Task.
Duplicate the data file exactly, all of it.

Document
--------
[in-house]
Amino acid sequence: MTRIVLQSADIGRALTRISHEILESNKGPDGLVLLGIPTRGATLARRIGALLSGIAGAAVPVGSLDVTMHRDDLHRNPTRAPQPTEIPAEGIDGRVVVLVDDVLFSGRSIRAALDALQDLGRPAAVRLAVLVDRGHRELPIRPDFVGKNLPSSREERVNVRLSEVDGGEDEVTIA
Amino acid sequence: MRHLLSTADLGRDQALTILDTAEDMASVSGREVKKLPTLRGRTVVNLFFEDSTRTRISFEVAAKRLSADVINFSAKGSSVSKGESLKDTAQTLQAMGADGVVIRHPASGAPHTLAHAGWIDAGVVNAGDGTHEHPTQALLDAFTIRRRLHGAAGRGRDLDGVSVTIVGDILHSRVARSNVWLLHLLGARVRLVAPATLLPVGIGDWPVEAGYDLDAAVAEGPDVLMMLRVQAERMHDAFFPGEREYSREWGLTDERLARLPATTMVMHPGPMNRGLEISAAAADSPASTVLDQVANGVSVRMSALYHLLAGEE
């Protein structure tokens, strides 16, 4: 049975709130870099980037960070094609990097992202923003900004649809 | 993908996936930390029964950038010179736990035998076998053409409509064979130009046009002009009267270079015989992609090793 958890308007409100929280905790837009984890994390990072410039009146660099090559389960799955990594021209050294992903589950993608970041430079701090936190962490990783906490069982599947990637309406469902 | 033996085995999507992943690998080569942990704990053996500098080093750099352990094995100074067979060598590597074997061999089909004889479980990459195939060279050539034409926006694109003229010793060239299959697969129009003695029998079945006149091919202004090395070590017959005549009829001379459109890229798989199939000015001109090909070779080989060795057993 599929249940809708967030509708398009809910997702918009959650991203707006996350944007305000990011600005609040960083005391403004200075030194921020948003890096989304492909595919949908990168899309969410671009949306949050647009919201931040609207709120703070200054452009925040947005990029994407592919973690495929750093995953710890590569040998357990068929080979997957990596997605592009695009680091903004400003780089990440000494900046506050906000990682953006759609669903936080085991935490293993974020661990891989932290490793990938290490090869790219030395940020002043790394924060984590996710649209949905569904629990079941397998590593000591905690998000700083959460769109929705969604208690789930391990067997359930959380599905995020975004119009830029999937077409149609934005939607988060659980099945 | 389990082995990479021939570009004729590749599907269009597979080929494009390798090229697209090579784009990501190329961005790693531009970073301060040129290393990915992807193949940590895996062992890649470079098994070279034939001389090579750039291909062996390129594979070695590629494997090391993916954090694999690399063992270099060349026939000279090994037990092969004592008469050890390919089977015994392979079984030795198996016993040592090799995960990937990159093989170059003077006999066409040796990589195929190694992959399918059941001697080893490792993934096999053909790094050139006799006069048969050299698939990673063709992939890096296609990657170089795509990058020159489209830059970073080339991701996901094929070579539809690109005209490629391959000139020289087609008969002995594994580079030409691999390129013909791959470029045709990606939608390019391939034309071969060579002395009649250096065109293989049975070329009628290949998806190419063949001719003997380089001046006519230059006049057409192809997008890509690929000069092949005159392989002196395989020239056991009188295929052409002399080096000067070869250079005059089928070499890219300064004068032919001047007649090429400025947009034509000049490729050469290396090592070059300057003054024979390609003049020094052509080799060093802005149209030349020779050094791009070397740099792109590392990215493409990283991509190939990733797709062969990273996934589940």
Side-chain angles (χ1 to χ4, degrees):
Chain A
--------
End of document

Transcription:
[in-house]
Amino acid sequence: MTRIVLQSADIGRALTRISHEILESNKGPDGLVLLGIPTRGATLARRIGALLSGIAGAAVPVGSLDVTMHRDDLHRNPTRAPQPTEIPAEGIDGRVVVLVDDVLFSGRSIRAALDALQDLGRPAAVRLAVLVDRGHRELPIRPDFVGKNLPSSREERVNVRLSEVDGGEDEVTIA
Amino acid sequence: MRHLLSTADLGRDQALTILDTAEDMASVSGREVKKLPTLRGRTVVNLFFEDSTRTRISFEVAAKRLSADVINFSAKGSSVSKGESLKDTAQTLQAMGADGVVIRHPASGAPHTLAHAGWIDAGVVNAGDGTHEHPTQALLDAFTIRRRLHGAAGRGRDLDGVSVTIVGDILHSRVARSNVWLLHLLGARVRLVAPATLLPVGIGDWPVEAGYDLDAAVAEGPDVLMMLRVQAERMHDAFFPGEREYSREWGLTDERLARLPATTMVMHPGPMNRGLEISAAAADSPASTVLDQVANGVSVRMSALYHLLAGEE
């Protein structure tokens, strides 16, 4: 049975709130870099980037960070094609990097992202923003900004649809 | 993908996936930390029964950038010179736990035998076998053409409509064979130009046009002009009267270079015989992609090793 958890308007409100929280905790837009984890994390990072410039009146660099090559389960799955990594021209050294992903589950993608970041430079701090936190962490990783906490069982599947990637309406469902 | 033996085995999507992943690998080569942990704990053996500098080093750099352990094995100074067979060598590597074997061999089909004889479980990459195939060279050539034409926006694109003229010793060239299959697969129009003695029998079945006149091919202004090395070590017959005549009829001379459109890229798989199939000015001109090909070779080989060795057993 599929249940809708967030509708398009809910997702918009959650991203707006996350944007305000990011600005609040960083005391403004200075030194921020948003890096989304492909595919949908990168899309969410671009949306949050647009919201931040609207709120703070200054452009925040947005990029994407592919973690495929750093995953710890590569040998357990068929080979997957990596997605592009695009680091903004400003780089990440000494900046506050906000990682953006759609669903936080085991935490293993974020661990891989932290490793990938290490090869790219030395940020002043790394924060984590996710649209949905569904629990079941397998590593000591905690998000700083959460769109929705969604208690789930391990067997359930959380599905995020975004119009830029999937077409149609934005939607988060659980099945 | 389990082995990479021939570009004729590749599907269009597979080929494009390798090229697209090579784009990501190329961005790693531009970073301060040129290393990915992807193949940590895996062992890649470079098994070279034939001389090579750039291909062996390129594979070695590629494997090391993916954090694999690399063992270099060349026939000279090994037990092969004592008469050890390919089977015994392979079984030795198996016993040592090799995960990937990159093989170059003077006999066409040796990589195929190694992959399918059941001697080893490792993934096999053909790094050139006799006069048969050299698939990673063709992939890096296609990657170089795509990058020159489209830059970073080339991701996901094929070579539809690109005209490629391959000139020289087609008969002995594994580079030409691999390129013909791959470029045709990606939608390019391939034309071969060579002395009649250096065109293989049975070329009628290949998806190419063949001719003997380089001046006519230059006049057409192809997008890509690929000069092949005159392989002196395989020239056991009188295929052409002399080096000067070869250079005059089928070499890219300064004068032919001047007649090429400025947009034509000049490729050469290396090592070059300057003054024979390609003049020094052509080799060093802005149209030349020779050094791009070397740099792109590392990215493409990283991509190939990733797709062969990273996934589940």
Side-chain angles (χ1 to χ4, degrees):
Chain A